It takes no longer to actually measure a specimen, at least the longest length, than it does to place a ruler next to it.

Actual measurements are the way to go.

Edited by Bill

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fossilman7    0
fossilman7
:thumbsu: well my take on this and my methods are............tacos rule!

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Auspex    1,717
Auspex

:thumbsu: well my take on this and my methods are............tacos rule!

As long as the picture is bright and sharp, and you tell us the length of the taco and where you found it, we'll do our best!

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Harry Pristis    1,770
Harry Pristis

If you don't have the knowledge-base and haven't done the research, be cautious about speculating on the ID of a presumptive fossil.

Provide whatever reliable information you have, and let someone else here make the ID. Other subscribers who commit to an ID may be correct, or they may be all wet. Either way, you won't be embarrassed when the true nature of the object is discerned.

All of us should remember that every loopy, ill-informed thing we post on TFF may be picked up by search engines and stored forever (for the lifetime of TFF archives) on the Internet. They become part of our Internet profiles. Our grandchildren will be able to see how much or how little paleobiology we understood in 2011.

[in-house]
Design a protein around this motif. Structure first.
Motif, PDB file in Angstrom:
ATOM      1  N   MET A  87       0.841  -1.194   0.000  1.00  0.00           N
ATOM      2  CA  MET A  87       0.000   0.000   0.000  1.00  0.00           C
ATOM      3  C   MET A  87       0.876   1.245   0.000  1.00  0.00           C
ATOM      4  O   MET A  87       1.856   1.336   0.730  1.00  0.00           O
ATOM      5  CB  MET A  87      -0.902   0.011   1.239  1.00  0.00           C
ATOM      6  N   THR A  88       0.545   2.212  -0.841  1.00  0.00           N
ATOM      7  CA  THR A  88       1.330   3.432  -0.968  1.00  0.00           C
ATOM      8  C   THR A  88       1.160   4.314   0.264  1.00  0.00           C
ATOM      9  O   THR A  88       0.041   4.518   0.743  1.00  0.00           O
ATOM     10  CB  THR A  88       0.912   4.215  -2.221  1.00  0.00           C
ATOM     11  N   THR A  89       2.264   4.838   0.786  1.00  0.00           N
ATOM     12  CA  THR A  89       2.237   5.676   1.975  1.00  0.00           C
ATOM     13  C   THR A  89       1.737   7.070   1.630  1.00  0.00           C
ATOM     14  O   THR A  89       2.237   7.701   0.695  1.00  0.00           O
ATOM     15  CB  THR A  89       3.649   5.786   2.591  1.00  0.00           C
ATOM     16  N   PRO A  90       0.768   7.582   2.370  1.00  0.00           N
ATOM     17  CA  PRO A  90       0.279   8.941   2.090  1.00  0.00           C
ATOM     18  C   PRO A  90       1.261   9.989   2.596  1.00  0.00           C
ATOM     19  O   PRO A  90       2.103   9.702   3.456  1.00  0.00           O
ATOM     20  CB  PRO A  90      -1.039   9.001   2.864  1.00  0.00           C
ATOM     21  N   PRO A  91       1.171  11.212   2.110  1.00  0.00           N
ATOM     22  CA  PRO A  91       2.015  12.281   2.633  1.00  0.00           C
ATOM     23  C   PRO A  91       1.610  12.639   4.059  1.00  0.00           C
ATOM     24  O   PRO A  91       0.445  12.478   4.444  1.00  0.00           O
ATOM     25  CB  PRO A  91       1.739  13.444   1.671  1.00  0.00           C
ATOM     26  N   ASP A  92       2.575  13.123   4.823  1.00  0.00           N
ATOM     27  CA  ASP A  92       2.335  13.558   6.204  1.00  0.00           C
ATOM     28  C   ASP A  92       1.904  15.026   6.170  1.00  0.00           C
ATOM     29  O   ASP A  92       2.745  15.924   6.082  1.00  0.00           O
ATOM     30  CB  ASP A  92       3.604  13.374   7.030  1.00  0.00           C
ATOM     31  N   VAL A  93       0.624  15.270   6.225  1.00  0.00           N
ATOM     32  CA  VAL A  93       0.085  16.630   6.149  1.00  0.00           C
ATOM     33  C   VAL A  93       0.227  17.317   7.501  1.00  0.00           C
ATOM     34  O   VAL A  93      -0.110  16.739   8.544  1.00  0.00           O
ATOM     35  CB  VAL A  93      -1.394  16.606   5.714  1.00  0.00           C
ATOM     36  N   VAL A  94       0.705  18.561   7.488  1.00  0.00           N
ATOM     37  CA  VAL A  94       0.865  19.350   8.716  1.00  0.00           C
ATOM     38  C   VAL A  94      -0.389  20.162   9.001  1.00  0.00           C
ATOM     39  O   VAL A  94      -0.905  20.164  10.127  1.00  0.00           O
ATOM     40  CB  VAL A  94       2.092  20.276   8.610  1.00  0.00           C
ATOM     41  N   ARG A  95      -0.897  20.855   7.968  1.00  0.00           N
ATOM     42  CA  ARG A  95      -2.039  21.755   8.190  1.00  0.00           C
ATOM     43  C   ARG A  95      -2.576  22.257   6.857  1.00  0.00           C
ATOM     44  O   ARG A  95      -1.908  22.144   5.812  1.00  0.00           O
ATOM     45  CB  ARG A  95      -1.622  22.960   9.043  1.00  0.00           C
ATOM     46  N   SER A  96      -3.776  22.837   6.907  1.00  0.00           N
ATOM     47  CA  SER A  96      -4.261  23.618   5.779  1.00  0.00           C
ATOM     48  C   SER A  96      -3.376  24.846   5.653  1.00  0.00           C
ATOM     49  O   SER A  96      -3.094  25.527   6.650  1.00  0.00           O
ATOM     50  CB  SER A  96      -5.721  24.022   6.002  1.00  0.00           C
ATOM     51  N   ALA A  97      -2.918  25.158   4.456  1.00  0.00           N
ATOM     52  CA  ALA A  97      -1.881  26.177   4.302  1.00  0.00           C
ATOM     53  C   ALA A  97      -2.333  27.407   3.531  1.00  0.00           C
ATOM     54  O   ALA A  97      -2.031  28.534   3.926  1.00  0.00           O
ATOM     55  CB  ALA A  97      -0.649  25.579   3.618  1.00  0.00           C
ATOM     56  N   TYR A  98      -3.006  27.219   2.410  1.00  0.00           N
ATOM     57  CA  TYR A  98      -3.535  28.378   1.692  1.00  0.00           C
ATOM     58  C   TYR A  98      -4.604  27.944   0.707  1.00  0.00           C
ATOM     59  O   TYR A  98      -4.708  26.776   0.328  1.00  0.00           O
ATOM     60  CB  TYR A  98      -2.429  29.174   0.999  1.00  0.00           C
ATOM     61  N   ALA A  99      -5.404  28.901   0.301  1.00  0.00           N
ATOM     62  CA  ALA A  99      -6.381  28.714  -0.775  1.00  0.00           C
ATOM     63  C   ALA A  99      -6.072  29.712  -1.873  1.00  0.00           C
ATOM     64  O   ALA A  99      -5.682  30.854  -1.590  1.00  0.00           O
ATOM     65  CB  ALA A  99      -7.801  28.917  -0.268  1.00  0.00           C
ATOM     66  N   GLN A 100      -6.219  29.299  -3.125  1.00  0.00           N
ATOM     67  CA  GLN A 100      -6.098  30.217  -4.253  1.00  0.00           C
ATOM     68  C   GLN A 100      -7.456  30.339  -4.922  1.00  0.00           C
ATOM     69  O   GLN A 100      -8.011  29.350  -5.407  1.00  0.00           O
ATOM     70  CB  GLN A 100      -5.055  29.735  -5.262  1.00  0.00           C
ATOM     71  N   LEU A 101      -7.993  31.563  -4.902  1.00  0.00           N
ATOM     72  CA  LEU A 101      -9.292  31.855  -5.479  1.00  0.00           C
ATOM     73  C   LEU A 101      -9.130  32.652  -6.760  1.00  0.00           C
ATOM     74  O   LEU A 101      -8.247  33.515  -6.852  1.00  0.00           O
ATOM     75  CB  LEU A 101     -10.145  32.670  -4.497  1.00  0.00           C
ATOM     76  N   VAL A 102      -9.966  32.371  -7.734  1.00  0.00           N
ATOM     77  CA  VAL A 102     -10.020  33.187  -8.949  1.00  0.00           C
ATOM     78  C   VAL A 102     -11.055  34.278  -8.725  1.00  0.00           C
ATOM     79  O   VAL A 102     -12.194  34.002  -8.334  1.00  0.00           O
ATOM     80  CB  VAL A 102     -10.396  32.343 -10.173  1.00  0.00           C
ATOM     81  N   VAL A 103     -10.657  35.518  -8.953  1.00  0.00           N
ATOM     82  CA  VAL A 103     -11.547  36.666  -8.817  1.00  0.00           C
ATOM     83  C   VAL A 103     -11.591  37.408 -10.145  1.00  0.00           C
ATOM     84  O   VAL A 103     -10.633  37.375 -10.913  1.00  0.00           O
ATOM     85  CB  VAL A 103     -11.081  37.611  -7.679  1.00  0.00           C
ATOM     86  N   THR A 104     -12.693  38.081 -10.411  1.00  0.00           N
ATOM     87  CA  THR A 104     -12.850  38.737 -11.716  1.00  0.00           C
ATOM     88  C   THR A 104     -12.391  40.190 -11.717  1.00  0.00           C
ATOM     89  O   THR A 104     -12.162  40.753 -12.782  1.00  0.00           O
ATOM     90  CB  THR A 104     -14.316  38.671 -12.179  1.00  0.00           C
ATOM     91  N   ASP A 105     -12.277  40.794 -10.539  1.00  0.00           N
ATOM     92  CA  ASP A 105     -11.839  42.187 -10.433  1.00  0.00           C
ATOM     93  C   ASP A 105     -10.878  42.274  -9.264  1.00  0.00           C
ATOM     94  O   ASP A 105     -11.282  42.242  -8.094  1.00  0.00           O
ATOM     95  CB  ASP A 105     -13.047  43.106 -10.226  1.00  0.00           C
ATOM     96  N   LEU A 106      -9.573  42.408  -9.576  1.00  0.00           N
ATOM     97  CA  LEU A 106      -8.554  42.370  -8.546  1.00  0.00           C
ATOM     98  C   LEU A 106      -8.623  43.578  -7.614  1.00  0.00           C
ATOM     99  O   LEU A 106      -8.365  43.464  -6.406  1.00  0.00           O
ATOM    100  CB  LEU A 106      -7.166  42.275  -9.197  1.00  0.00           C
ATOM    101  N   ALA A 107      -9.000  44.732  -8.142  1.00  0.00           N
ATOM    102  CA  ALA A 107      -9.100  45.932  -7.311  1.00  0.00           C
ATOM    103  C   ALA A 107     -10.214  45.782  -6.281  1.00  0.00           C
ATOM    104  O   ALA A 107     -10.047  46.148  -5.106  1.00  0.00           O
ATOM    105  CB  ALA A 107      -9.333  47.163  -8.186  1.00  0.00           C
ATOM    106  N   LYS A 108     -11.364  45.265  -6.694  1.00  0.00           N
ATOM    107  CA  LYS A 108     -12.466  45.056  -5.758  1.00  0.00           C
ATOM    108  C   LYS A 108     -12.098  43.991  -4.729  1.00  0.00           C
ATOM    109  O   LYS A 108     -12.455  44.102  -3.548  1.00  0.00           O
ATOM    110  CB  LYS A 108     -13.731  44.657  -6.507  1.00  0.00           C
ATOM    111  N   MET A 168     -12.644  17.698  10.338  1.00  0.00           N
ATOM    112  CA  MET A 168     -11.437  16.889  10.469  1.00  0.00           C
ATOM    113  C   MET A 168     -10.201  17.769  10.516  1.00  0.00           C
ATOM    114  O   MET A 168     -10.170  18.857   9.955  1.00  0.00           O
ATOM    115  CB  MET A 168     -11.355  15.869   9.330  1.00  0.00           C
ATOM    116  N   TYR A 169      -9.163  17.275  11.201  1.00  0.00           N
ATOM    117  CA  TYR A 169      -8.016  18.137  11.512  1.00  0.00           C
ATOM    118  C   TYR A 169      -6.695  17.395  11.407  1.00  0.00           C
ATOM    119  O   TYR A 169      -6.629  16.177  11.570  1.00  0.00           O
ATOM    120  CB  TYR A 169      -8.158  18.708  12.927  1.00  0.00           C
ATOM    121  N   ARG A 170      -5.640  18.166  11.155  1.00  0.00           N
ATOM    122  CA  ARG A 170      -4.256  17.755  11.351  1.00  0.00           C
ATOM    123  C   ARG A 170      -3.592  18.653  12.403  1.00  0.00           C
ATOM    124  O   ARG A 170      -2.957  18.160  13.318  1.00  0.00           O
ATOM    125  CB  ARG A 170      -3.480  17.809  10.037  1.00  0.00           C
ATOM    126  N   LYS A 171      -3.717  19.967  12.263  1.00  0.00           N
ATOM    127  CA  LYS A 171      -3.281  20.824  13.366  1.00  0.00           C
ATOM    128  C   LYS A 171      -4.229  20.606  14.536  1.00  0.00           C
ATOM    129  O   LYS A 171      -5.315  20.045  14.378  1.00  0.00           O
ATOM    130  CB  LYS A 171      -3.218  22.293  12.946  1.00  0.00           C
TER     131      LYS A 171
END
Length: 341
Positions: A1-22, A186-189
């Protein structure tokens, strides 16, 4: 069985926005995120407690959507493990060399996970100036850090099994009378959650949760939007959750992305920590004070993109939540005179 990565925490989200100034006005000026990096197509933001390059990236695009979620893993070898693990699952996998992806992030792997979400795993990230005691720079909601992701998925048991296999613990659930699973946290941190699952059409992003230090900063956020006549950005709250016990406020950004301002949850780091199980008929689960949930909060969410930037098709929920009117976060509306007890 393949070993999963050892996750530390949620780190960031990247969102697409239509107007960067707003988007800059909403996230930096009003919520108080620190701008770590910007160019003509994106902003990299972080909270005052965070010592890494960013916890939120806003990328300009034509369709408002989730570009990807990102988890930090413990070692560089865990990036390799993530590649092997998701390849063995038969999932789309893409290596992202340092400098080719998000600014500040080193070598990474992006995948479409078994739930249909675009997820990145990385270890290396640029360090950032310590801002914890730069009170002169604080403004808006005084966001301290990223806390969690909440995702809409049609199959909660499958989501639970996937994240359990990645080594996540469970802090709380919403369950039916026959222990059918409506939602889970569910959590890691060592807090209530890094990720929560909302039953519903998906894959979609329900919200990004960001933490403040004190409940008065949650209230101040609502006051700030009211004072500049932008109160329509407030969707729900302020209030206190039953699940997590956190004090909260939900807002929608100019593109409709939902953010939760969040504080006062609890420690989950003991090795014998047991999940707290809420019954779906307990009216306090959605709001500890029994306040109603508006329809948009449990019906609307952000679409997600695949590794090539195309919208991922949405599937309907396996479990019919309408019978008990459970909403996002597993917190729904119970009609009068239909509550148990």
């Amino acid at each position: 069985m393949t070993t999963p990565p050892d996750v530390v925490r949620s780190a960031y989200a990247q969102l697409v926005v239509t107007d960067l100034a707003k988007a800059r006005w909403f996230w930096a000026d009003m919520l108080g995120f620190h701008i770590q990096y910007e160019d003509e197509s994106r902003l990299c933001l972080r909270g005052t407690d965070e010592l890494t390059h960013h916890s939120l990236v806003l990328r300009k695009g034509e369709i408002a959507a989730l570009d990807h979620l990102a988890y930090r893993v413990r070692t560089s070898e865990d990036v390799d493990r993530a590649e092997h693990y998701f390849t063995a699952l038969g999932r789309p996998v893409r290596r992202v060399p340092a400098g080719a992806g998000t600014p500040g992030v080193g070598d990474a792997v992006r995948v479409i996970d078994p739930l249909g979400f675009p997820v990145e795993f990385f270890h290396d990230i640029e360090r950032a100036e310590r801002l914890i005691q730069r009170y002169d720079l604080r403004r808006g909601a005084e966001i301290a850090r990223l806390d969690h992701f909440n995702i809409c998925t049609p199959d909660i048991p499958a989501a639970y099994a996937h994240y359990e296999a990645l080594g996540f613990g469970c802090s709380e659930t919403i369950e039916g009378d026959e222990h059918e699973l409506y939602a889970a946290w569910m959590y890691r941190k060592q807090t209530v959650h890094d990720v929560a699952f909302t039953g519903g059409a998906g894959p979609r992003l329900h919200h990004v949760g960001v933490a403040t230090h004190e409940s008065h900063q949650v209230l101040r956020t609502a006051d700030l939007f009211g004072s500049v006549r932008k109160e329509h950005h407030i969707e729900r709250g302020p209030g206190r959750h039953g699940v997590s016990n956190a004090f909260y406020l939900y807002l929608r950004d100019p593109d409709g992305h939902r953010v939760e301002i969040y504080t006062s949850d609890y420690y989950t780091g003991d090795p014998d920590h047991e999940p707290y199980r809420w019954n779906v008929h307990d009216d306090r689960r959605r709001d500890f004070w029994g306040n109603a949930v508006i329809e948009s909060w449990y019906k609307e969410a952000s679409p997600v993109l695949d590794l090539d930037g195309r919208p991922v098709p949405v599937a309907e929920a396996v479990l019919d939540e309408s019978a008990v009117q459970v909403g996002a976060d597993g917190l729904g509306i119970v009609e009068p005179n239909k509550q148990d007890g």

post-42-0-32884700-1301163769_thumb.jpg

Edited by Harry Pristis

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Maniraptoran    0
Maniraptoran

somehow i feel this is directed at me...

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Sharkbyte    9
Sharkbyte

Here is how I feel about posting a thought or assumption on ID'ng a fossil. DON"T BE AFFRAID TO BE WRONG. If your shown to be wrong and you know it then you learned something. I know for certain that a lot of people will just not say what they think or comment because they are not wanting to look silly or get embarrased. To that I say. PTHTHTHTHTHTHTHTTTTT. Guess what. We are all going to be wrong at one time or another. Myself, I fall in the another category. I have been wrong more than once and will be wrong again but I am constantly learning and I am meeting and communicating with a lot of great people. I enjoy the Forum very much. I am sure that a person is going to learn quite a bit more by being interactive in regards to posting as opposed to sitting back and watching. Just try to at least have a good reason or basis for making an ID guess instead of just throwing something out there. Now regarding posting pictures. I picked up a few good pointers from this topic today. I always try tp post the highest quality pictures that I can from various angles and try to give any information that I know but I never thought about using coins for size reference. This is a worldwide used site and to some people my coins mean nothing. I am still going to use them but I will add measurements where I feel it may be helpfull. Thanks everyone.